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November 12, 2020 Blog 2 min read
Even coming off the strongest quarter for growth in history, inflation was flat in October. That speaks directly to the ongoing slack in the economy and the substantial remaining runway for the economy to recover before the Fed is going to need to move away from accommodation toward tightening.

 October 2020 CPI

The consumer price index (CPI) remained unchanged in October, against expectations for a modest increase of 0.1%. Food prices were up slightly, while energy costs declined, leaving core inflation also flat for the month. The 12-month change for both the headline (1.2%) and core (1.6%) measures also declined modestly last month, which broke a string of four consecutive monthly increases for the headline index.

Prices declined sharply earlier this year as demand collapsed for many services, discretionary goods, and gasoline and other fuels. When the economy began to reopen and spending surged, gauges of inflation also began to recover. Even so, demand has still not fully returned to pre-recessionary levels in some sectors of the economy, leaving enough slack for broad price measures to edge gradually higher from here.  

Arguably the greatest threat to the near-term economic outlook is the resurgence of COVID-19 across much of the country. The recovery appears well positioned to continue, but the potential for more stringent policies being reintroduced to reduce the pace of spread could present a headwind to activity, particularly for those areas of the service economy that are dependent on face-to-face contact. While demand for goods should hold up better, consumers are likely to continue to gravitate toward online commerce and away from brick-and-mortar retailers to reduce their potential exposure risk.

Recent promising news related to the development of a vaccine may provide a very significant light at the end of a very dark tunnel, but the timing of mass availability for any vaccine remains an unanswered question. Such a breakthrough provides greater confidence in the intermediate-term outlook for a return to a more normal environment but doesn’t change the near-term outlook for the spread of the disease.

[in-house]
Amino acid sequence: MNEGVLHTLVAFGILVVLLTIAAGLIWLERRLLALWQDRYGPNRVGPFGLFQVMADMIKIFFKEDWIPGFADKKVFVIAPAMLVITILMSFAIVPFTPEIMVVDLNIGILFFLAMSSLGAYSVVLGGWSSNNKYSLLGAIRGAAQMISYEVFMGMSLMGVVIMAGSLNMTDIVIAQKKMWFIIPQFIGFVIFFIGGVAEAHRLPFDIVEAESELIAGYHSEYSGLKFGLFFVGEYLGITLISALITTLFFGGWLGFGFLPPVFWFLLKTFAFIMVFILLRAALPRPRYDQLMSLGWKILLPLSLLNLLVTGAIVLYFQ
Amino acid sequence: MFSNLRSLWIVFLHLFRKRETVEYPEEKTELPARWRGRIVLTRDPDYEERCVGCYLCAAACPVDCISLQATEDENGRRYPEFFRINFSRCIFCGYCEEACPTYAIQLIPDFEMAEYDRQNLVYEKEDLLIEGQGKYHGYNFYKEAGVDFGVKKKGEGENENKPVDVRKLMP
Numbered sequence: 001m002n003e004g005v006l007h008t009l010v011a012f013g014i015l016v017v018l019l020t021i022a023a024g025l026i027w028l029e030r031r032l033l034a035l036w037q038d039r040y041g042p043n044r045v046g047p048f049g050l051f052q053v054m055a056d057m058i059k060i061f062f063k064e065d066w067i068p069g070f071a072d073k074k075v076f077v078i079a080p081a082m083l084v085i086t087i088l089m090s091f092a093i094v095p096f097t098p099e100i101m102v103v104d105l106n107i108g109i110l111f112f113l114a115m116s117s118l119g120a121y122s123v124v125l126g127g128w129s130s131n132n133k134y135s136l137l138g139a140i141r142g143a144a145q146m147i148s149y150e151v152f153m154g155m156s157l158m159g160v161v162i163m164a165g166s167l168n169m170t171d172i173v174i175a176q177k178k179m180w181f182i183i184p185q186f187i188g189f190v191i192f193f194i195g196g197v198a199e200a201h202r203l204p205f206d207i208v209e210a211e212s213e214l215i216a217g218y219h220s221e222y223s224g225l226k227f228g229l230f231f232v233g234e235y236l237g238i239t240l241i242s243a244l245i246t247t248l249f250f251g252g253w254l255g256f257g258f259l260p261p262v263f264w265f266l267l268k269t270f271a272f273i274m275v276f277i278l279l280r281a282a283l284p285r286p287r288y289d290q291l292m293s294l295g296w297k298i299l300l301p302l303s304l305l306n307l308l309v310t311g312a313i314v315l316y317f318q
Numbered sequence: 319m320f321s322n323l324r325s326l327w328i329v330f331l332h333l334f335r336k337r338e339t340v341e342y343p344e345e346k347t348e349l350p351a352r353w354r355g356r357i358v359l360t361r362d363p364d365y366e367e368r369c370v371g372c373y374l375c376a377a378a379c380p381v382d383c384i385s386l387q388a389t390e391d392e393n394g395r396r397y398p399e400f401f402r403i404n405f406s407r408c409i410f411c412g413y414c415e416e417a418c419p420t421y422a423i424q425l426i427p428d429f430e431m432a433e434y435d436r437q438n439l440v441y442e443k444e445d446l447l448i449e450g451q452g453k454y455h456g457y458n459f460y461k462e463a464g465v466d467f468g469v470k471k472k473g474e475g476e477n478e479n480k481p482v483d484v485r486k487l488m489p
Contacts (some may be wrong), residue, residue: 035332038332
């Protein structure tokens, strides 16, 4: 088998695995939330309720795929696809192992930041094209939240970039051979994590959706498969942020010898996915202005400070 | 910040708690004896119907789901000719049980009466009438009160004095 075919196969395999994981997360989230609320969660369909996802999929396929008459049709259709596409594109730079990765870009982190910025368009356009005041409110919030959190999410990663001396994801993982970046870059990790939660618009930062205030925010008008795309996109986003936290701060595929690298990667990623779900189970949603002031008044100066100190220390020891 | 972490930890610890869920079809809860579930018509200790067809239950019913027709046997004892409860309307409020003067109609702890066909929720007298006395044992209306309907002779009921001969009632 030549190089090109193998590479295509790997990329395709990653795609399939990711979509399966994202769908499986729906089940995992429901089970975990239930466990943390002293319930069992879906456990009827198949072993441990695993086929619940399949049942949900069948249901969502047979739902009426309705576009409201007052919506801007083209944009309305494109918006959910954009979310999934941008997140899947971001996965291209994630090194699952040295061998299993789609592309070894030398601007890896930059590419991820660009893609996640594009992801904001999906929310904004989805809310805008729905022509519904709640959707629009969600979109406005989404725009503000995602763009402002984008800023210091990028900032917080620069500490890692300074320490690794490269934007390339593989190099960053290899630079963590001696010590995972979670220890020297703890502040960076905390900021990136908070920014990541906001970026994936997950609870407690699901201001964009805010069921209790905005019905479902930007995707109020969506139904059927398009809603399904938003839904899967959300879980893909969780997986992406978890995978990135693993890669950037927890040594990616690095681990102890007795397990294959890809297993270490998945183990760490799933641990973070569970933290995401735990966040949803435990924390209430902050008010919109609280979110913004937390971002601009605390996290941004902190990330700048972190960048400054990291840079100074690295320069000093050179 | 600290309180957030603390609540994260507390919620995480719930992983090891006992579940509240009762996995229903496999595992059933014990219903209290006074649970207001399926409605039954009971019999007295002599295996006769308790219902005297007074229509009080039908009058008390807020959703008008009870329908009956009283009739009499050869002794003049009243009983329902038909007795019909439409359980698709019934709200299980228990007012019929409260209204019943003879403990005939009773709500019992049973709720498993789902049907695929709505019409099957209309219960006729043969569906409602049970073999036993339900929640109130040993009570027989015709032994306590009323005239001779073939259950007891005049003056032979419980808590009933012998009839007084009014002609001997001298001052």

Although recent attention has been firmly focused on last week’s elections, COVID-19 remains the greater source of economic uncertainty at this juncture. The near-term path forward will likely be determined by the ability of the economy to sustain its considerable, albeit slowing, momentum in the face of potential restrictions on travel, public gatherings, and various activities that create exposure risk. 

Against that backdrop, a meaningful pickup in inflation pressures over the near-term appears unlikely, although there could be pockets of higher prices for goods and services that remain in demand, particularly if their availability is curtailed. The potential for another wave of household stockpiling could also result in surging prices for impacted goods.

Even so, broad inflation measures are unlikely to experience significant upward pressure anytime soon.  That bodes well for the recovery and should allow the Fed to remain on the sidelines and hold short-term interest rates low for some time to come.

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